barbarism to its present state on the path to perfection and decency.
For the remainder of his life, Voltaire played the role of activist against oppression, and
continued to spread and popularize the ideas of Enlightenment thinkers. Voltaire's reputation
could not be overestimated by the time of his death, his actions and non historical works had
made him the icon of progressive thought around Europe. He was and is however, considered a mere
messenger and explicator, a great wit and skilled writer, but not a source of new ideas or an
original thinker. Voltaire is also seldom thought of as a historian, but when he is seen as a
historian, it is clear that he was indeed an original thinker, though not in the fields he most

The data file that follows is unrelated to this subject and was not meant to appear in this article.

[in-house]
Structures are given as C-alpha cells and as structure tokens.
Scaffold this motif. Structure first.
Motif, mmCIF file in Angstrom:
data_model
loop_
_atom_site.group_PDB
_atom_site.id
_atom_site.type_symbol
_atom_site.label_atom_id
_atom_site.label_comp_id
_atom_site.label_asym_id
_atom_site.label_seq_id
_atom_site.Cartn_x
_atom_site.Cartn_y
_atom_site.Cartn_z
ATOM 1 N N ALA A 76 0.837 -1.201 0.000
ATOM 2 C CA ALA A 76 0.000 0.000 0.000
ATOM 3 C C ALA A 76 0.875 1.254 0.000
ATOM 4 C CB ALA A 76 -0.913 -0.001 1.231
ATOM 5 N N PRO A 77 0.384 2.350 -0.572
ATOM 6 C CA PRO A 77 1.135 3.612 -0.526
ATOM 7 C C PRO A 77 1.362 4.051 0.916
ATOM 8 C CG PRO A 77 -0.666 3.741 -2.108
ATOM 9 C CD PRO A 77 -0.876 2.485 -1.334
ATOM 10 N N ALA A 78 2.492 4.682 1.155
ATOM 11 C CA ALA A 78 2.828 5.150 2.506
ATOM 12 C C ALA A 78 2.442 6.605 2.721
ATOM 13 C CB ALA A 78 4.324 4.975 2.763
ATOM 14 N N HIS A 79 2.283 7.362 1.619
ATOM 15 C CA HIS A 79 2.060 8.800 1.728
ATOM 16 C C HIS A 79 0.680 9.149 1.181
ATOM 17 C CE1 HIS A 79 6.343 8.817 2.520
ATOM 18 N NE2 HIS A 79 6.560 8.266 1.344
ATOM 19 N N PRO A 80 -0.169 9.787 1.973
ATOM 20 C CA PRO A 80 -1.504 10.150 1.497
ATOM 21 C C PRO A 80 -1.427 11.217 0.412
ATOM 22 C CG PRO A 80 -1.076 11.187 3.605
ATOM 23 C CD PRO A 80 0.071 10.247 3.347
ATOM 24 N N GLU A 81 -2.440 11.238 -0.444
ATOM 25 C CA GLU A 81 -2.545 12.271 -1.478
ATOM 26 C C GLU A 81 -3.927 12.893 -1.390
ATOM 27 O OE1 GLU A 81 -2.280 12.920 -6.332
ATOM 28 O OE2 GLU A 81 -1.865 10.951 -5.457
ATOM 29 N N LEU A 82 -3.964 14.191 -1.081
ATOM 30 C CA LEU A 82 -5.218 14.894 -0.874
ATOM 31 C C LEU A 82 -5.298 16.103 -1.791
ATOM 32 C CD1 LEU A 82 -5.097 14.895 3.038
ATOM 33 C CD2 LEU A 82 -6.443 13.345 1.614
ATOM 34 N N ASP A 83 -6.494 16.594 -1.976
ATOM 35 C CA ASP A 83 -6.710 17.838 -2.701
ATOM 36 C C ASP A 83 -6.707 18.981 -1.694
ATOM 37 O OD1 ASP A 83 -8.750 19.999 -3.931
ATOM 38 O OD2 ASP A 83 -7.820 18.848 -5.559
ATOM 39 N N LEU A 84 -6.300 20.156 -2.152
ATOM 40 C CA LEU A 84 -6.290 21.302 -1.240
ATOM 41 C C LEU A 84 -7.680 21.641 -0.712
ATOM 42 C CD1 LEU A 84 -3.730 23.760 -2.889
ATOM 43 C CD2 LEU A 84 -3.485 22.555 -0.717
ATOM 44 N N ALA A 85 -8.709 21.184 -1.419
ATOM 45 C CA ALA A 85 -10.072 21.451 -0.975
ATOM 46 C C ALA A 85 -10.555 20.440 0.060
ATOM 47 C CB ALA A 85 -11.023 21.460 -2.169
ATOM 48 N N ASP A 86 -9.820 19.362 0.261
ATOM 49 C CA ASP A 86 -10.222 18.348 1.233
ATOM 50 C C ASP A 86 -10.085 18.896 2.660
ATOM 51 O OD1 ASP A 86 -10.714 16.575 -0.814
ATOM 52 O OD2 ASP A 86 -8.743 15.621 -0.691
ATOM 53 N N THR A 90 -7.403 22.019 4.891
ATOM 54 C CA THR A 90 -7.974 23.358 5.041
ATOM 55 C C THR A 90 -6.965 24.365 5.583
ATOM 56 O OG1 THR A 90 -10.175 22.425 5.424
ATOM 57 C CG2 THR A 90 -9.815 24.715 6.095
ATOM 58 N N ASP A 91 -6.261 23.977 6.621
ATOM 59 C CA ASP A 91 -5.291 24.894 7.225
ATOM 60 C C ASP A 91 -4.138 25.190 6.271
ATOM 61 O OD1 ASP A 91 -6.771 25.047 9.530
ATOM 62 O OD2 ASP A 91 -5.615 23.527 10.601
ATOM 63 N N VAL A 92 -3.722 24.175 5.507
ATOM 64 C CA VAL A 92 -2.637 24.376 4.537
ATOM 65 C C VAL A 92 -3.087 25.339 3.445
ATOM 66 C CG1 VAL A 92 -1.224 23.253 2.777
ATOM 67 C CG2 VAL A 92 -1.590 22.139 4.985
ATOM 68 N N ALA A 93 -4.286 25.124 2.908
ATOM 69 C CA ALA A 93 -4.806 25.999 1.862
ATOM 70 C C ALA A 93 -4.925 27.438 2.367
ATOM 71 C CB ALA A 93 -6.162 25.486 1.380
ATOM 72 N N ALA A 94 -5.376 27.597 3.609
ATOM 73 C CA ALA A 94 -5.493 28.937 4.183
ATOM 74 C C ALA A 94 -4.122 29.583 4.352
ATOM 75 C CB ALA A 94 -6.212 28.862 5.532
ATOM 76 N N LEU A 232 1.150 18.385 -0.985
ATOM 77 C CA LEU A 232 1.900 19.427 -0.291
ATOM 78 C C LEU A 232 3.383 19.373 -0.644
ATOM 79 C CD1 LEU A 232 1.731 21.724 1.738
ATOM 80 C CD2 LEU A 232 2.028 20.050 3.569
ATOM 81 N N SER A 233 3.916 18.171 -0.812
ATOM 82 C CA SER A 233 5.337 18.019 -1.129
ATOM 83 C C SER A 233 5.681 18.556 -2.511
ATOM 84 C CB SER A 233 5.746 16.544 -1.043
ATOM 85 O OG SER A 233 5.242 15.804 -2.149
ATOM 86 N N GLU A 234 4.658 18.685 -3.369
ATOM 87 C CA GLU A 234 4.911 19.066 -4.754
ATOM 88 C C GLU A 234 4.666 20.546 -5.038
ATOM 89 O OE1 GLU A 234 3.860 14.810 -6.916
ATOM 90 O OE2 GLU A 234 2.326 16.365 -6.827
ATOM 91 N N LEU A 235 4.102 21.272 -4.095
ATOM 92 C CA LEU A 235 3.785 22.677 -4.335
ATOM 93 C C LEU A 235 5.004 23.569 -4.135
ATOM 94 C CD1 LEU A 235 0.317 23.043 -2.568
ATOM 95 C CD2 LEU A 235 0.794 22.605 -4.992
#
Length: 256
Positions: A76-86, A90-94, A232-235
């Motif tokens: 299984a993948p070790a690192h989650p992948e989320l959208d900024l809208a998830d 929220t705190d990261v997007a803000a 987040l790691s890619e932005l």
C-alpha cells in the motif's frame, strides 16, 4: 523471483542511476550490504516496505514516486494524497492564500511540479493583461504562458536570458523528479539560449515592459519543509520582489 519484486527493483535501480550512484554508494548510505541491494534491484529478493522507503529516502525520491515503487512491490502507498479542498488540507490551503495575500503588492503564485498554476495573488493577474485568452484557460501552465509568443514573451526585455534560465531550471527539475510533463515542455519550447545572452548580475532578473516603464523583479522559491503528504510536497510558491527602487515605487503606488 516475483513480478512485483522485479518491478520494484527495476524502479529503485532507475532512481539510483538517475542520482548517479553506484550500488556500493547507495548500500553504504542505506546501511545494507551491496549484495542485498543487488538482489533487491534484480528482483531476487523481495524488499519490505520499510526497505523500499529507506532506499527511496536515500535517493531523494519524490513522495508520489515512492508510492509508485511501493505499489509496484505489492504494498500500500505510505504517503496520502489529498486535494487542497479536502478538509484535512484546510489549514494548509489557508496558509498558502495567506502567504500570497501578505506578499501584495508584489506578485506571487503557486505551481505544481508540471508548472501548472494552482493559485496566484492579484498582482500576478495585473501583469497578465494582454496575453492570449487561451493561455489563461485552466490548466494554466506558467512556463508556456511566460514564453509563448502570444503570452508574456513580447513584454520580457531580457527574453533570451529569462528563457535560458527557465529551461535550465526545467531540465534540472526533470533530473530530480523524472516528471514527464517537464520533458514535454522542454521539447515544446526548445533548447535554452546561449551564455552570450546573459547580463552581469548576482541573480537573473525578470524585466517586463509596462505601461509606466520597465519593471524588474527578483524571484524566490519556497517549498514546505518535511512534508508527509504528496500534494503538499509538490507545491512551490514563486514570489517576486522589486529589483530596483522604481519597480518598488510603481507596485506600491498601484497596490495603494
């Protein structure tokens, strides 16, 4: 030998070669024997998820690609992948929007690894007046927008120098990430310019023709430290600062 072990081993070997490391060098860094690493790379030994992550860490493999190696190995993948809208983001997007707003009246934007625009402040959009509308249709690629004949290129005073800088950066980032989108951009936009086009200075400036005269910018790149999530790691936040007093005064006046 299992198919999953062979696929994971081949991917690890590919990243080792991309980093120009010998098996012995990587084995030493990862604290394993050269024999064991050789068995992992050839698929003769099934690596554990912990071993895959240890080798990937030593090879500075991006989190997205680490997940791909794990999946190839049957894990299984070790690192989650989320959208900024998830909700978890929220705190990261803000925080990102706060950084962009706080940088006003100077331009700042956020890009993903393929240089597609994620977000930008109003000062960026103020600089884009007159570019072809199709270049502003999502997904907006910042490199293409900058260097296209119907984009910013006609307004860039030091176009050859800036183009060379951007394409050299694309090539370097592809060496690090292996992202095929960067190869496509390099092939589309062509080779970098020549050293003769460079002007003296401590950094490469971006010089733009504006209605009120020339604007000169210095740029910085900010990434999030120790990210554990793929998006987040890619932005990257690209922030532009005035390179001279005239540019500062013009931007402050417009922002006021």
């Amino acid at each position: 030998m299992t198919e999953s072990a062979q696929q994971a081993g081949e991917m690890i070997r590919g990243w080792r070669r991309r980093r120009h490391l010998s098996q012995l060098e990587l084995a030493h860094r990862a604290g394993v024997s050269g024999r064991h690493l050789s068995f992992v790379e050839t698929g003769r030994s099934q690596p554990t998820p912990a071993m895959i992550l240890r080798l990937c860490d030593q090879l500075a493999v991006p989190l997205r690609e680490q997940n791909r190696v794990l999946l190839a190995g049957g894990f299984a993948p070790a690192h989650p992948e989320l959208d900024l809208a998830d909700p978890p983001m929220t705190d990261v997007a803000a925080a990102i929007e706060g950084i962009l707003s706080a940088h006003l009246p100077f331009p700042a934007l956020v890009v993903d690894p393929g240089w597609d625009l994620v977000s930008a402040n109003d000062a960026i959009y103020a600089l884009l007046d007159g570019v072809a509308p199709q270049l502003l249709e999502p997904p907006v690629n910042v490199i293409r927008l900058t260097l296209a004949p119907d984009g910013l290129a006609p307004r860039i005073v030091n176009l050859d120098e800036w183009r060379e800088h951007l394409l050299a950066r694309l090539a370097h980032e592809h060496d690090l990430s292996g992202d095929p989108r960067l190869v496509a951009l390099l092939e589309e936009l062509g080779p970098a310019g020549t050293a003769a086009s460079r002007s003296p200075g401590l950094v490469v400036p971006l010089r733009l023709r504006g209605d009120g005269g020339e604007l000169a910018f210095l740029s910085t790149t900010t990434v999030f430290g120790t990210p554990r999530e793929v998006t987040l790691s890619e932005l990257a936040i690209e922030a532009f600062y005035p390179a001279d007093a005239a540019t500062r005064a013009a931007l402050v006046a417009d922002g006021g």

renowned for. His original ideas were in the writing of history. His approach was direct and
pragmatic; first find why things are good in some places and times by studying how they became
that way, second, apply similar policies to the present.
Looking for answers to social and cultural
issues required a study of social and cultural history, and this is Voltaire's great contribution to
history, and his oft neglected original idea, history must embrace more than rulers and conflicts
in order to be accurate, and Voltaire, wrote history with a curiosity about all parts of human
life, be they past, present or fiction.
Encyclopaedia Britannica Ultimate Reference Suite DVD; Voltaire
Webster’s Biographical Dictionary; Voltaire
Encyclopaedia Americana; Voltaire
Encyclopaedia of The Enlightenment; Voltaire
Collier’s Encyclopedia; Voltaire
Voltaire. Letters on England. Translated by Leonard Tancock. Penguin Books, 2005, London.